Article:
Les Moonves Is the Latest Powerful Man to Allegedly Sexually Assault Everyone

Les Moonves has stepped down from his position as CEO and chairman at CBS after a New Yorker article came out exposing him for sexual assault and harassment.

Six women have accused Moovas of sexual assault and harassment.

According to the article, Moonves did everything from outright sexually assaulting them to punishing them for turning down his advances.

Janet Jones, who was trying to make it as a writer, landed a meeting with Moonves that went horribly wrong.

Suddenly, Jones told me, “he came around the corner of the table and threw himself on top of me. It was very fast.” Moonves, she said, began trying to kiss her. Jones said that she struggled, and then shoved Moonves away hard, yelling, “What do you think you’re doing?” Moonves, appearing startled, got up. “ ‘Well, I was hitting on you. I wanted a kiss,’ ” she recalled him saying. Jones began to leave. “He said, ‘Oh, come on, it’s nothing,’ ” she said. “ ‘Calm down, don’t be so excited.’ ”

When Jones got to the door, it was locked. She was terrified. “If you don’t open this door,” she told him, “I am going to scream so loud and so long that everyone on the lot is going to come over.” She remembered Moonves walking to his desk or to a nearby bureau to unlock the door, rather than doing so directly. She fled, noticing on her way out that the assistant had left. “That’s when I got really upset,” she told me. “I just thought, Oh, my God. This wasn’t like a little momentary boo-boo. It was this well-thought-out thing.”

Illeana Douglas detailed her meeting with Moonves over Queens, a pilot that never made it to CBS.

“In a millisecond, he’s got one arm over me, pinning me,” she said. Moonves was “violently kissing” her, holding her down on the couch with her arms above her head. “What it feels like to have someone hold you down—you can’t breathe, you can’t move,” she said. “The physicality of it was horrendous.” She recalled lying limp and unresponsive beneath him. “You sort of black out,” she told me. “You think, How long is this going to go on? I was just looking at this nice picture of his family and his kids. I couldn’t get him off me.” She said it was only when Moonves, aroused, pulled up her skirt and began to thrust against her that her fear overcame her paralysis. She told herself that she had to do something to stop him. “At that point, you’re a trapped animal,” she told me. “Your life is flashing before your eyes.” Moonves, in what Douglas assumed was an effort to be seductive, paused and asked, “So, what do you think?” Douglas told me, “My decision was to get out of it by joking my way out, so he feels flattered.” Thinking that reminding Moonves that he was her boss might discourage him, she told him, “Yes, for the head of a network you’re some good kisser.” Moonves frowned and got up. She scrambled to find her briefcase. “Well, this has been great. Thanks,” she recalled saying, moving toward the door. “I’ve got to go now.”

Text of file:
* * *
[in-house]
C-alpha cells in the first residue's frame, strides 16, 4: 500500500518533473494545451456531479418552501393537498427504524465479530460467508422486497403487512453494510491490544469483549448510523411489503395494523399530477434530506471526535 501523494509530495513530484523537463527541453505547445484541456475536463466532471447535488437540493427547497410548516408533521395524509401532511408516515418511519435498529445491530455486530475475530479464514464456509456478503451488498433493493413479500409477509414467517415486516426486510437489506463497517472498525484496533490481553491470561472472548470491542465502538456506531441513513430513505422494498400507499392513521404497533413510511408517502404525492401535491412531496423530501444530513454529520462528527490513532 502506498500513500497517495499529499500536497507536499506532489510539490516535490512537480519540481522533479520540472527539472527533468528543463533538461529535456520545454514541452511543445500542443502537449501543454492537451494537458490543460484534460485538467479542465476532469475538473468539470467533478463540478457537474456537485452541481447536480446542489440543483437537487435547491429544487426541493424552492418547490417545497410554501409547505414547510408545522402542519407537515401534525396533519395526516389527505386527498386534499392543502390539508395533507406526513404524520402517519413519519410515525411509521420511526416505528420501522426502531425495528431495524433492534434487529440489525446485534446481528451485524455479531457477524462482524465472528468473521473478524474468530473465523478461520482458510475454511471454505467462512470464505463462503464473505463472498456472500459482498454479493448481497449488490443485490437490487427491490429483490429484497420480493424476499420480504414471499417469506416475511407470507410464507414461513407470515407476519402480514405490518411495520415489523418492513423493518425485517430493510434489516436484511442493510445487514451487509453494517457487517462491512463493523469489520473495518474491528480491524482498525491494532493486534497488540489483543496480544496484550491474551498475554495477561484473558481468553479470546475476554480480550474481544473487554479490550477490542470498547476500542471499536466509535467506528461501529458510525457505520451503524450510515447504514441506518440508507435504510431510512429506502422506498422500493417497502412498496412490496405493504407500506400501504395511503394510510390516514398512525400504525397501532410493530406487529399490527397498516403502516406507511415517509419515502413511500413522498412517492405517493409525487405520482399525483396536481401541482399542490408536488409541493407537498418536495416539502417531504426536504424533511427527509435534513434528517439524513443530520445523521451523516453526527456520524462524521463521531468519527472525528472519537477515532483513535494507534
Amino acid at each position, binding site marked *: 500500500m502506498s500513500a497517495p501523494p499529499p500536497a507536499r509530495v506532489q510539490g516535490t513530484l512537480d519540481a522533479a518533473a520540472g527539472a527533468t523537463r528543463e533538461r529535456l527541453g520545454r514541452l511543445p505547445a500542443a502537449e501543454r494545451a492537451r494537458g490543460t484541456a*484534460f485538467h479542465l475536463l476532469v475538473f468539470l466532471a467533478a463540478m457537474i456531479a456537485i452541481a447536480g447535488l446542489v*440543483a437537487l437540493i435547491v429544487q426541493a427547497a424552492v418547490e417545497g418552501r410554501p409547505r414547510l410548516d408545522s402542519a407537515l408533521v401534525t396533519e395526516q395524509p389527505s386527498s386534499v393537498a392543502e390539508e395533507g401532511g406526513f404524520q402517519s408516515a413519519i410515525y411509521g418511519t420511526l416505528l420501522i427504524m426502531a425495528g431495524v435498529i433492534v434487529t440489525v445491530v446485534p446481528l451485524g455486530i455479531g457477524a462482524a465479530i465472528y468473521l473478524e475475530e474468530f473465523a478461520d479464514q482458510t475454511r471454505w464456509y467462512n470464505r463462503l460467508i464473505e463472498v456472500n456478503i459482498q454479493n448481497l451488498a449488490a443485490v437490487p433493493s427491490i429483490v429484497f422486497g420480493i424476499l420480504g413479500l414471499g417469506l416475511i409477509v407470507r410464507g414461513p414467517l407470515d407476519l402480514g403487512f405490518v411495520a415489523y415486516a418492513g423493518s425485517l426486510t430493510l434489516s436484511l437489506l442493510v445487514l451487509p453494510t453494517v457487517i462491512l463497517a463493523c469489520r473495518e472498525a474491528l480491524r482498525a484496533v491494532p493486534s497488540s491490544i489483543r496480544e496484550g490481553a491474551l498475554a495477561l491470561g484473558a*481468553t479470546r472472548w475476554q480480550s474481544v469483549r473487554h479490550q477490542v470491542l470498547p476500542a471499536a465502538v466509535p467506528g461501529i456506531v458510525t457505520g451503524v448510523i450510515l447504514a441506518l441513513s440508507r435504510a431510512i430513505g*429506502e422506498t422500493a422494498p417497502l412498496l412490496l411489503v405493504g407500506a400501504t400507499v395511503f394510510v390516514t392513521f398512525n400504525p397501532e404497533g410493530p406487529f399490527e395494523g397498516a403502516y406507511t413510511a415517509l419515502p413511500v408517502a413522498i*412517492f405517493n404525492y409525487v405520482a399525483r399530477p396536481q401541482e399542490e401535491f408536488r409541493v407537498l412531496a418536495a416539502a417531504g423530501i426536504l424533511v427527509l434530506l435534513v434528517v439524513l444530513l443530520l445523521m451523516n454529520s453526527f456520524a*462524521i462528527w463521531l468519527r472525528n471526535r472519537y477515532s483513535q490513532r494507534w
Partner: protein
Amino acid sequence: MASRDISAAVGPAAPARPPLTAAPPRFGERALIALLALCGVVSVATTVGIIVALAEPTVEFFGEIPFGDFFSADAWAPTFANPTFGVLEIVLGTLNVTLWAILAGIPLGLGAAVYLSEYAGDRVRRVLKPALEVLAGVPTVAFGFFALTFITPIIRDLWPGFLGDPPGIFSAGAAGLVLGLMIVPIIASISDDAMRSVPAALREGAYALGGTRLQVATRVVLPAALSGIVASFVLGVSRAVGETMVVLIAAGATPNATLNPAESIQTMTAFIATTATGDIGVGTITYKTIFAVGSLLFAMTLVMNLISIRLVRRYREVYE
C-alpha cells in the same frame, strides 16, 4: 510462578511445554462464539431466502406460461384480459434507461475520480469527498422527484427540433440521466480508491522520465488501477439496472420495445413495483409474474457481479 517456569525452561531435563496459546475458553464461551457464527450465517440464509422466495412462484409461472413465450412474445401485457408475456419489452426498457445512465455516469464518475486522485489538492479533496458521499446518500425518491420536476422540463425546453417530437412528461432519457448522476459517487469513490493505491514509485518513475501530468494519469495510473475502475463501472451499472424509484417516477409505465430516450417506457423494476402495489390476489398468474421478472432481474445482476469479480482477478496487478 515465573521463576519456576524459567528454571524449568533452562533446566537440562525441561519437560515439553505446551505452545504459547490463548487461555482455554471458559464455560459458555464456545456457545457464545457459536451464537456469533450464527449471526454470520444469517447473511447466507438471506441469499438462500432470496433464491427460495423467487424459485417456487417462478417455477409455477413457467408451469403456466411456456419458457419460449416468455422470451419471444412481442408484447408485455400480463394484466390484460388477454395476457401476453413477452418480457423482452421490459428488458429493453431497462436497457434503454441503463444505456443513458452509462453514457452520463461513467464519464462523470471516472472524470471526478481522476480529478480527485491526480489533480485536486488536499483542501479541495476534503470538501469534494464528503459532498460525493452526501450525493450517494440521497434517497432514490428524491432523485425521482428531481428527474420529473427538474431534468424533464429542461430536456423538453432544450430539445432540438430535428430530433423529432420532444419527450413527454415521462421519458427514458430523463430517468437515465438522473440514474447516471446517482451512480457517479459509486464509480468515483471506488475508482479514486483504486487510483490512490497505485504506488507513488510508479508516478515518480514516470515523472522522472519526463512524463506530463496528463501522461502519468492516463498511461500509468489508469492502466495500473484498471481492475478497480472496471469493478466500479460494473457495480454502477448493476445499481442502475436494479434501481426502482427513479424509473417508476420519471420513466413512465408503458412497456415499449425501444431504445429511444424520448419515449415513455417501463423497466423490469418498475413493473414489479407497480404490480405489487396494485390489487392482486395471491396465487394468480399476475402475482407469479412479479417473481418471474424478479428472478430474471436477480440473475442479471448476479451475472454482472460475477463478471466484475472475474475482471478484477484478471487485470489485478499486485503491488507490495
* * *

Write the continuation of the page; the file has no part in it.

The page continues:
Douglas was fired from the set of Queens after the incident.

Christine Peters, who produced How To Lose A Guy In 10 Days, was in line to become an executive at CBS Films until her meeting with Moonves.

“I remember him being very enthusiastic, saying it made a lot of sense.” She was sitting on a couch and, as she continued her pitch, he sat down uncomfortably close. “He said, ‘This is really great,’ ” she recalled. “Then he just put a hand up my skirt.” Moonves, she said, slid his hand up her thigh and touched her underwear.

Other women came forward to accuse Moonves with far inappropriate activity with claims of at least 30 employees connected to Moonves’ harassment. That means they either knew about it and did nothing or got away with sexual harassment of their own.

You can read the entire article at The New Yorker.

Moonves released a statement on the matter:

“Throughout my time at CBS, we have promoted a culture of respect and opportunity for all employees, and have consistently found success elevating women to top executive positions across our company. I recognize that there were times decades ago when I may have made some women uncomfortable by making advances. Those were mistakes, and I regret them immensely. But I always understood and respected—and abided by the principle—that ‘no’ means ‘no,’ and I have never misused my position to harm or hinder anyone’s career. This is a time when we all are appropriately focused on how we help improve our society, and we at CBS are committed to being part of the solution.”

I guess by stepping down, he’s acting as part of the solution.

I’m shocked another powerful white man tried to use his position to force himself onto ladies and then hold them back when they wanted nothing to do with his saggy balls.

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